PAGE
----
Next-generation identity authentication technology likely would have prevented these breaches, but hope is not lost for those who have not changed their security strategy. There is growing interest among fintech and banking decision-makers in revisiting their digital security infrastructure, and these leaders have recognised that modernising their IT security is now a business imperative. They are voicing their concerns about legacy solutions and their critical need for alternatives.’s 2021 Fintech Security Report, which polled fintech and banking leaders, found that 84% of respondents expect to increase investment in IT security, including identity authentication, in the next year. Of course, that growing investment bodes well for consumer privacy and organisational data security, but legacy solutions like passwords and one-time pin codes have proven themselves ineffective guardians against cybercrime.

Fortunately, decision-makers recognise that those legacy tools are overdue for replacement: 75% of executives surveyed harbour concern about the risks associated with legacy identity protection options like OTPs and KBA. While respondents’ familiarity with facial biometric identity authentication is high (88%), only 22% currently use this technology. So, despite misgivings about the older solutions they have had to rely on, many have not yet made the leap to the new and the next in IT security. Perhaps most crucially, though, 70% are also somewhat or highly likely to consider facial biometric identity authentication, the cloud-based mapping of one’s facial topography, as an alternative during the next year. Eliminating the need for passwords, facial biometrics is poised to shake up the enterprise security industry and meet the needs of organisations searching for more secure digital infrastructure.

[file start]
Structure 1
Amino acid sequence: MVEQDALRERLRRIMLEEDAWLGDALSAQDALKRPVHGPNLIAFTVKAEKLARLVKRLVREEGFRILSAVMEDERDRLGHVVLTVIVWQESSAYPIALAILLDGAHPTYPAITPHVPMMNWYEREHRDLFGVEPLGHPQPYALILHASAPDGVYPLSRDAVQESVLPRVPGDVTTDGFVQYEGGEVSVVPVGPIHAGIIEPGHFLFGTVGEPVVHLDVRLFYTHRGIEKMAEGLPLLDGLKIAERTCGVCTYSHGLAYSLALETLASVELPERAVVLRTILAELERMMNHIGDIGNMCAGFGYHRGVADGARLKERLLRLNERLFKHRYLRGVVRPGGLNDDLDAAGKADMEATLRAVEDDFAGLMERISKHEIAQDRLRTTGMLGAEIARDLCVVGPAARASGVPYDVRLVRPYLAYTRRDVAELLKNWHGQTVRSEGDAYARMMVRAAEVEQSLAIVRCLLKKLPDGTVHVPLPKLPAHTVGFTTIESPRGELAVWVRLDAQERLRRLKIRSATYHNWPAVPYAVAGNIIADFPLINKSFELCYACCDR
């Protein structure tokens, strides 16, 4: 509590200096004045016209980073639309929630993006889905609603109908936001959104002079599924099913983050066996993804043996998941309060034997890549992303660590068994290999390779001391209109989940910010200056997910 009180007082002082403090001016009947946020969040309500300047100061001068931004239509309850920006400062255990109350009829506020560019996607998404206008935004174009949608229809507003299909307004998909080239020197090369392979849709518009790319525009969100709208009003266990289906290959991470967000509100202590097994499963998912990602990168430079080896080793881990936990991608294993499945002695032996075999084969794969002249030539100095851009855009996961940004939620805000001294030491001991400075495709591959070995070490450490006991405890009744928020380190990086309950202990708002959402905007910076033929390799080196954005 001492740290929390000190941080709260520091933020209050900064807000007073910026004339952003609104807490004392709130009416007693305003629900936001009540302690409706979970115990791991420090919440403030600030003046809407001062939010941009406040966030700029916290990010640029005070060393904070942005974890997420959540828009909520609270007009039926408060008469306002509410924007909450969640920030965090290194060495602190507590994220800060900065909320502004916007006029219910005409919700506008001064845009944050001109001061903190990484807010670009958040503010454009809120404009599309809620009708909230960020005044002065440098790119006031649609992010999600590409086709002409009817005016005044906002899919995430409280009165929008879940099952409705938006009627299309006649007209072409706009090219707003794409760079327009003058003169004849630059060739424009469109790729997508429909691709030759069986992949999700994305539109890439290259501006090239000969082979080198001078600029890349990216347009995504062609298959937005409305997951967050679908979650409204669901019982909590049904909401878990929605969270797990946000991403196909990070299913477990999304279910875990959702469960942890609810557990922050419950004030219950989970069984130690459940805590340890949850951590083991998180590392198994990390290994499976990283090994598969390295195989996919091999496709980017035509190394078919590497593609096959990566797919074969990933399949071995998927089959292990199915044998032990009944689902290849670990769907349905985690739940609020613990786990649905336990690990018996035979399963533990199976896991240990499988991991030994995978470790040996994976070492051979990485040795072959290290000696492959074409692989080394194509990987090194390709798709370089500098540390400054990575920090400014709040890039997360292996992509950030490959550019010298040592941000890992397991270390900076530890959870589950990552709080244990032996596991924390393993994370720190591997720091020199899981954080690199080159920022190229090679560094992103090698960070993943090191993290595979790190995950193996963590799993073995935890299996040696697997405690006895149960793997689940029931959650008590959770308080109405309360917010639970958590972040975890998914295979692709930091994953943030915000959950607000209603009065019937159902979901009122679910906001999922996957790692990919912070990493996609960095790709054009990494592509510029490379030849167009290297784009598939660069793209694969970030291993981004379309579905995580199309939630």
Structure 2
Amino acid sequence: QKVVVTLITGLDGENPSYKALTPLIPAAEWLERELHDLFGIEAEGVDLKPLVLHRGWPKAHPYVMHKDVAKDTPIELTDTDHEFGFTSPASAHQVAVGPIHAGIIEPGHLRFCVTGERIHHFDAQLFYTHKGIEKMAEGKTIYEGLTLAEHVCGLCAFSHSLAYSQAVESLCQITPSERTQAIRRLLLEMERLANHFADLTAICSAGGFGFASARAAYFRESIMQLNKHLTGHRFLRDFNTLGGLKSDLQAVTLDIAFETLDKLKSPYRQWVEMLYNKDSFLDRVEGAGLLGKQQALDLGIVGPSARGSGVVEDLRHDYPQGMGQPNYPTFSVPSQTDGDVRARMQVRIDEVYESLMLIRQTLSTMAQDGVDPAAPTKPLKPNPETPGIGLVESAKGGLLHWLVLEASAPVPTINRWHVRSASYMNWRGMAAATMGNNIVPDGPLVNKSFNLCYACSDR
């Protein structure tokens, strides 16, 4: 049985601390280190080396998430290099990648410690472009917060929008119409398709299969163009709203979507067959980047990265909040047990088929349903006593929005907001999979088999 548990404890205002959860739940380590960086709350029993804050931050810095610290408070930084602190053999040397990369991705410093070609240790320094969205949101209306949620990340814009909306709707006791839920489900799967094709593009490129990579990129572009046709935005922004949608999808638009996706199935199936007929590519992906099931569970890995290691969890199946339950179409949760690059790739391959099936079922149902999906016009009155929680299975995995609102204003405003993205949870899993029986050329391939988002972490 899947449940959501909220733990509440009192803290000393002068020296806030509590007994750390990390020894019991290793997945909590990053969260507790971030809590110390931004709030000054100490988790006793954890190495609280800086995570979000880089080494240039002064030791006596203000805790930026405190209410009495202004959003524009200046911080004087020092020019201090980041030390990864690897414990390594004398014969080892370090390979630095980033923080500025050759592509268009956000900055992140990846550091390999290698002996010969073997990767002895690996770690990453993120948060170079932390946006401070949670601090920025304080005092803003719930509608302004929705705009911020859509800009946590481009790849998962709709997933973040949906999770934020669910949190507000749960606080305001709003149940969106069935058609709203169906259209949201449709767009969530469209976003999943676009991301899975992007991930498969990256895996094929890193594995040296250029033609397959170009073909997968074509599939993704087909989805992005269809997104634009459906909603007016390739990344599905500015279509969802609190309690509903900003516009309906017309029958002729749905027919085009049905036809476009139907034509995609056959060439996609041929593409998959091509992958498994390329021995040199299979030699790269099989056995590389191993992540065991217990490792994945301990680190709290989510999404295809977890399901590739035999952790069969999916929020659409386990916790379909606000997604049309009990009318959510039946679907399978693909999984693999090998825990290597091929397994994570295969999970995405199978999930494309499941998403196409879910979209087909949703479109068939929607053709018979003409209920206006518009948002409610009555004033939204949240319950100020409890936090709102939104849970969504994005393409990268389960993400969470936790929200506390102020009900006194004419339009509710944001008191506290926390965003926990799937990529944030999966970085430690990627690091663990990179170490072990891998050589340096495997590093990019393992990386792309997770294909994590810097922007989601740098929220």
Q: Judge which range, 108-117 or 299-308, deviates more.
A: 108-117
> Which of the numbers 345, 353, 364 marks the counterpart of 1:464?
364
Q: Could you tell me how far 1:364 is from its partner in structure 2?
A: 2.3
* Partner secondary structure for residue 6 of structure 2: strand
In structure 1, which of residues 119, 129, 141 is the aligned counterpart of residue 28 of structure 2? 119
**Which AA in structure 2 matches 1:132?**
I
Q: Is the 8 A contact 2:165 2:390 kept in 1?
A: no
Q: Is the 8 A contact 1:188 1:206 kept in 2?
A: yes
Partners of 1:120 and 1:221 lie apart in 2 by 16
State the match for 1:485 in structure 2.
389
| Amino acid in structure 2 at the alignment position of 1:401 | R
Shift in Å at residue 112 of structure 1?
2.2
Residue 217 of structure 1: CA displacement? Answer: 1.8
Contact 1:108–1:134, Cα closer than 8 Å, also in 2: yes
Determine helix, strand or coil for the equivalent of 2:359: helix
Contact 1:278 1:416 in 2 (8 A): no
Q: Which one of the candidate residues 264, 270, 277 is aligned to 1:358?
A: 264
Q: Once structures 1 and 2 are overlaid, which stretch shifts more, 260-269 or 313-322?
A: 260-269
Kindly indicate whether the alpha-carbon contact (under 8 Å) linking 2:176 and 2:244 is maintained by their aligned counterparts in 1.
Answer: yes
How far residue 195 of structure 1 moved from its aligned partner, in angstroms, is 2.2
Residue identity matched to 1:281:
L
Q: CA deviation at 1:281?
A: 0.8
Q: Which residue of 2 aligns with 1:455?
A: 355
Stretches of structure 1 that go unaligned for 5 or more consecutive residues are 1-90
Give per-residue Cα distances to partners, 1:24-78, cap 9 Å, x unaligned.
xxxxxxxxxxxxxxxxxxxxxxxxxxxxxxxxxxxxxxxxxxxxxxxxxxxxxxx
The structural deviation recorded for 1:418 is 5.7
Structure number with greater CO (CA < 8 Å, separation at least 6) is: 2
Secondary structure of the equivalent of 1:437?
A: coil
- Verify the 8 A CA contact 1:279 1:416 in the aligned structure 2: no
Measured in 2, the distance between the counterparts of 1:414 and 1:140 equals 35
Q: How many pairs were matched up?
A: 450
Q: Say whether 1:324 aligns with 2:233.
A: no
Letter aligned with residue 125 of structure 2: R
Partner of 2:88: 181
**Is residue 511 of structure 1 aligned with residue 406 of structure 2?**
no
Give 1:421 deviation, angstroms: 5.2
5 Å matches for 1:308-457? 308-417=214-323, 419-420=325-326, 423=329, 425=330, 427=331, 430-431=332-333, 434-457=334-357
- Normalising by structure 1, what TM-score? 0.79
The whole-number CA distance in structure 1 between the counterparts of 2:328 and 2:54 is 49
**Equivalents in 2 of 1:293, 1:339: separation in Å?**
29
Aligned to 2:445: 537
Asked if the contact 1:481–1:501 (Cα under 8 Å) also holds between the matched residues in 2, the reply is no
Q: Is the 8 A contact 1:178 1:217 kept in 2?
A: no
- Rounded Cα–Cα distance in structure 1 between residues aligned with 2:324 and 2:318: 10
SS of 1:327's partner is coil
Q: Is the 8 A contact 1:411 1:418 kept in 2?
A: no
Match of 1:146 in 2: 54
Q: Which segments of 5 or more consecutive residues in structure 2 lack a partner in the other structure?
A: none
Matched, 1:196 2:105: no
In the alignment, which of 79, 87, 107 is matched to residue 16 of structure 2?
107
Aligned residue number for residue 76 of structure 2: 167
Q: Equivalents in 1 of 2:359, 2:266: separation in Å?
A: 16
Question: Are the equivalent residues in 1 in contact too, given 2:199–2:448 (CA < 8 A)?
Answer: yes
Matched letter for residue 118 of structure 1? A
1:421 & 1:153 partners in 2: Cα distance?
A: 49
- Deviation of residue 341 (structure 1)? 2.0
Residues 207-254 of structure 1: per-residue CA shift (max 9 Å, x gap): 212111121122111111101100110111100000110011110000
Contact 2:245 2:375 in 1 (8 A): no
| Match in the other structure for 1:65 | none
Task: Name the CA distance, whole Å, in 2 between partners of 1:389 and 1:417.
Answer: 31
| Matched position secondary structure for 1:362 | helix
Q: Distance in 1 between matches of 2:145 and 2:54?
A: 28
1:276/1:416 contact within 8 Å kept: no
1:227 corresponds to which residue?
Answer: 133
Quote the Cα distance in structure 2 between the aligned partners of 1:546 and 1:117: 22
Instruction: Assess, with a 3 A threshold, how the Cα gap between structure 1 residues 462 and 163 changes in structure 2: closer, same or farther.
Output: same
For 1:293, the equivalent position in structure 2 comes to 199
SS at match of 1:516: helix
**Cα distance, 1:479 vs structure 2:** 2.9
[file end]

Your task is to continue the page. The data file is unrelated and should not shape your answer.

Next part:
Change starts now

Looking into 2022, cyber threats are a growing cause for concern for leaders, and they are listening to calls for change. They recognise that identity security has grown from a nice-to-have to a critical business need, and they are curious about alternatives. Fortunately, a range of new identity solutions have been put to market to obviate the need for additional authentication hardware or applications, and global interest in cloud-native identity management products has nurtured a more digital-first IT security industry overall. 

As tech companies strive to meet critical security needs in the new year, the message is loud and clear: Cyber threats, and the investments in security required to overcome them, are top of mind, yet solutions cannot compromise ease-of-use and efficiency. Facial biometrics has already proven to be the worthy rival that can prevent hackers from wreaking havoc, and the market is making its excitement known. The future of cybersecurity is already here, and it’s password-less. 


About the Author: Tom Thimot is the CEO of, a provider of secure, mobile, biometric identity verification software products through an easy-to-integrate Identity as a Service (IDaaS) platform.’s suite of self-service biometric identity proofing and authentication solutions aims to frictionlessly eliminate all usernames and passwords through a consent-based facial matching system. Powered by sophisticated biometric and artificial intelligence technologies, aims to strengthen security and trust between businesses and their customers by helping to protect sensitive personal data.